There may be an enlightened majority of GPs excited and enthused about the brave new world post-white paper. The Jobbing Doctor just hasn’t met any of them yet…
Sometimes I seem to practise medicine in a silo. I go into work, I see my patients. I read my post, I check my test results. I go home.
It is somewhat rare for me to have the opportunity to talk about the bigger picture, and I don’t know if my views are unique to me, or an expression of a wider view. GPs can sometimes be very isolated.
There are times, however, when I meet up with my friends from a broader swathe of the region. When we do meet, we sometimes talk about the big issues that face us in our jobs.
Important issues like the biggest managerial change in the NHS in my professional lifetime. That is the advent of GP commissioning. This huge upheaval is likely to go live next year, and we will be swamped by additional responsibilities and tasks that, I have to say, we are entirely unprepared for. I wonder if I am a miserable troglodyte, grumbling in my cave, and out there the enlightened many are seeing this whole change as a new opportunity.
I asked my friends what their take on commissioning is. They were all pretty non-plussed. I was told that there was little support for the changes, that we were unenthusiastic, and entirely unskilled for the job. The task was huge, and fraught with difficulties, and really not do-able.
I agree with them, and think we are sleep-walking into catastrophe. It does not feel like a good prospect to the Jobbing Doctor.
One of the roles that we fulfil best of all is that of a patient advocate. They come to me asking if they should take their new tablets, or whether they should proceed with their operation, and I will tell them what I think they should do. They believe me, because they trust me.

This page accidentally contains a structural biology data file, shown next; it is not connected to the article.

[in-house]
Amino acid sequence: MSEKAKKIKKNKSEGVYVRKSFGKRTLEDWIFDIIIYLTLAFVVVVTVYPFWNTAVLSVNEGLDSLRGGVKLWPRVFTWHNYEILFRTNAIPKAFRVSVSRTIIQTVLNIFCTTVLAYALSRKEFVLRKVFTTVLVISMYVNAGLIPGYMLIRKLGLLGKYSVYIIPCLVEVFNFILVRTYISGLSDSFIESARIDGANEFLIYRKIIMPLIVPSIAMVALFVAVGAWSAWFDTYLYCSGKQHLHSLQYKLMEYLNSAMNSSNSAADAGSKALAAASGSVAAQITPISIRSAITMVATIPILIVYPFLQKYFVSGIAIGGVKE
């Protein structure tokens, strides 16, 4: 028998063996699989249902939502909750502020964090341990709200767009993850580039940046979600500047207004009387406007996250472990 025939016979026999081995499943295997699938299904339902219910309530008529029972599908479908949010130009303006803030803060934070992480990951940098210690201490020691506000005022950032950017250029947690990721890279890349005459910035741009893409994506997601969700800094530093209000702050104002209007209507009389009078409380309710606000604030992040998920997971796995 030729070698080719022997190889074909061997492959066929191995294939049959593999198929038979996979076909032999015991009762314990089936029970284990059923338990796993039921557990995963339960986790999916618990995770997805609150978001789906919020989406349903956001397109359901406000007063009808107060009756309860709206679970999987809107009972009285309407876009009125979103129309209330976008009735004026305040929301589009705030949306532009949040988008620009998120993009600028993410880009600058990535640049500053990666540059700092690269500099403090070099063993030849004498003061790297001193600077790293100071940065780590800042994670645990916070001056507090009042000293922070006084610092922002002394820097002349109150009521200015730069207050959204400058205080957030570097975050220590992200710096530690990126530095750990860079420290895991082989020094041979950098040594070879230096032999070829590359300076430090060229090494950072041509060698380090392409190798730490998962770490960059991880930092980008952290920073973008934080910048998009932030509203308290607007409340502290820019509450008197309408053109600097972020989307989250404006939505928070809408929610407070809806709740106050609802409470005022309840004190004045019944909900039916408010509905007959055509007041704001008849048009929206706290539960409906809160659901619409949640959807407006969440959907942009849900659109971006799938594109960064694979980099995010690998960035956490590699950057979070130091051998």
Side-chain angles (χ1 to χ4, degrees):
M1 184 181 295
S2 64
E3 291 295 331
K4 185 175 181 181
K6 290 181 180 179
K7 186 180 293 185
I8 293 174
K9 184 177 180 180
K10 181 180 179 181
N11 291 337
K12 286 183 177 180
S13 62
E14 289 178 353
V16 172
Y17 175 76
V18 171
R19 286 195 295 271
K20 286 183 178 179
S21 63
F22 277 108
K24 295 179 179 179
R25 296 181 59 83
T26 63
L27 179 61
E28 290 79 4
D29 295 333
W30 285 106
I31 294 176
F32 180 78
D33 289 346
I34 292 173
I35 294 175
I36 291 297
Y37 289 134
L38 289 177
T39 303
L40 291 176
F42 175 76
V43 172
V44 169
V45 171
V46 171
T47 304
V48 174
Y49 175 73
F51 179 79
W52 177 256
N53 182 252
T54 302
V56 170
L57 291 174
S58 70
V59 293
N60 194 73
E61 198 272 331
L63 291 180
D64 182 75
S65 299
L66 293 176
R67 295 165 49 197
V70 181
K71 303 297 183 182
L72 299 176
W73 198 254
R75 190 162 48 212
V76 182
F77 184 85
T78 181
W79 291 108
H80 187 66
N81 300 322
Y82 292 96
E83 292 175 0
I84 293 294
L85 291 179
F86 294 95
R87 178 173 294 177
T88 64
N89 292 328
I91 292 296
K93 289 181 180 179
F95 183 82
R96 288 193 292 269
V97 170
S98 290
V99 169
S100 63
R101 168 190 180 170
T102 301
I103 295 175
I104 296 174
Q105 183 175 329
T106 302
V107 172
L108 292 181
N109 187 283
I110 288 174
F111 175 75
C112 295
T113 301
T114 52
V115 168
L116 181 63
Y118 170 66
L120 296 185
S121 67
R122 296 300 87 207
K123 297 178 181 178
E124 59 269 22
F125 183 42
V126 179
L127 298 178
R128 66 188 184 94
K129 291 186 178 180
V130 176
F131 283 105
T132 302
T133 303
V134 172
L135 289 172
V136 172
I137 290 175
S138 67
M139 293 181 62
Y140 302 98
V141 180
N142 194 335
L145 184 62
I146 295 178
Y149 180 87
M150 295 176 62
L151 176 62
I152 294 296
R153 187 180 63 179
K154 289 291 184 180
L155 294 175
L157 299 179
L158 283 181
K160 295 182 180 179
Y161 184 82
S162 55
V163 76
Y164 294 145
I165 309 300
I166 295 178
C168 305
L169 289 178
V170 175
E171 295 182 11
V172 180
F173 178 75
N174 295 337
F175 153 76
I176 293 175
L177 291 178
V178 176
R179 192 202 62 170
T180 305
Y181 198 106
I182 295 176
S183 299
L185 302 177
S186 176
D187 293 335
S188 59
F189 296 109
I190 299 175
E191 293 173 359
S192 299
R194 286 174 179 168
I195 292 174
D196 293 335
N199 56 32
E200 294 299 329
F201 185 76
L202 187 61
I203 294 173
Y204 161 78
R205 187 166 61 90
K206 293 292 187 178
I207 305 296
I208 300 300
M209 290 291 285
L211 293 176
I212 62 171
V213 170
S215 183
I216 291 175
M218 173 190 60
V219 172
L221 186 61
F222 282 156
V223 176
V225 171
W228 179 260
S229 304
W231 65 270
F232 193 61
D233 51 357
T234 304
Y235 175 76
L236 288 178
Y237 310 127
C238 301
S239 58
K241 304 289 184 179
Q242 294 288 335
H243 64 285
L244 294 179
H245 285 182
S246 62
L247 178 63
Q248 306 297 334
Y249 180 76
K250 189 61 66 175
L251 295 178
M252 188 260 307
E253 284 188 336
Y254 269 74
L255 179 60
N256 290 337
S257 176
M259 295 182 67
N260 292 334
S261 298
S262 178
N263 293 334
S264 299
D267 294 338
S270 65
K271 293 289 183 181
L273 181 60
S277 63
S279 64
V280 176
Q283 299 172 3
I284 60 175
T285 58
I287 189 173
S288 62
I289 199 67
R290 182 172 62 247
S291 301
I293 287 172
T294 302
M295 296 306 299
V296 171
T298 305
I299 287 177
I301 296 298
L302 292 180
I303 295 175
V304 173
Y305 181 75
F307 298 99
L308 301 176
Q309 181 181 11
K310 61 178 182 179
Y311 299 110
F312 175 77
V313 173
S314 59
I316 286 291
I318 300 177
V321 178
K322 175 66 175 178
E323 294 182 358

But will it be different next year? I think it will.
Firstly, we will be set up to be the fall guys. ‘Mrs Brown, you can’t have this particular treatment,’ the consultant might say ‘because it hasn’t been commissioned by your GPs’. All of a sudden we will be changed from trusted adviser and supporter into the rationer and denier of treatment. That will not feel good to me.
Secondly, all our opinions will be undermined by the fact that the patients believe that we simply want to save money. They will think I won’t refer because I want to save money, rather than the lack of reasons to refer. This, combined with the usual stories of rich GPs who refuse to work at night and at the weekends and take home eye-watering amount of income, will undermine people’s trust in us.
No, my colleagues (who are all high up in educational circles) are not keen at all.
Can we do anything about it now? Will complete inertia be the best policy? I’m not sure, because then the Government will hand commissioning to private companies to run, and commissioning decisions will have to be made by a board of GPs (and we’ll be blamed by any special interest group if certain things aren’t available).
If we decide to support the policy enthusiastically, we will be caught with the same problem. A lot of spending decisions have already been made, and many PCTs will hand over a deficit to the commissioners.
Those who operate on the strategic level, once again, have not thought it through.
The policy is a complete turkey, but the people who will be roasted will be the GPs.
This is not a tempting prospect.
The Jobbing Doctor is a general practitioner in a deprived urban area of England.
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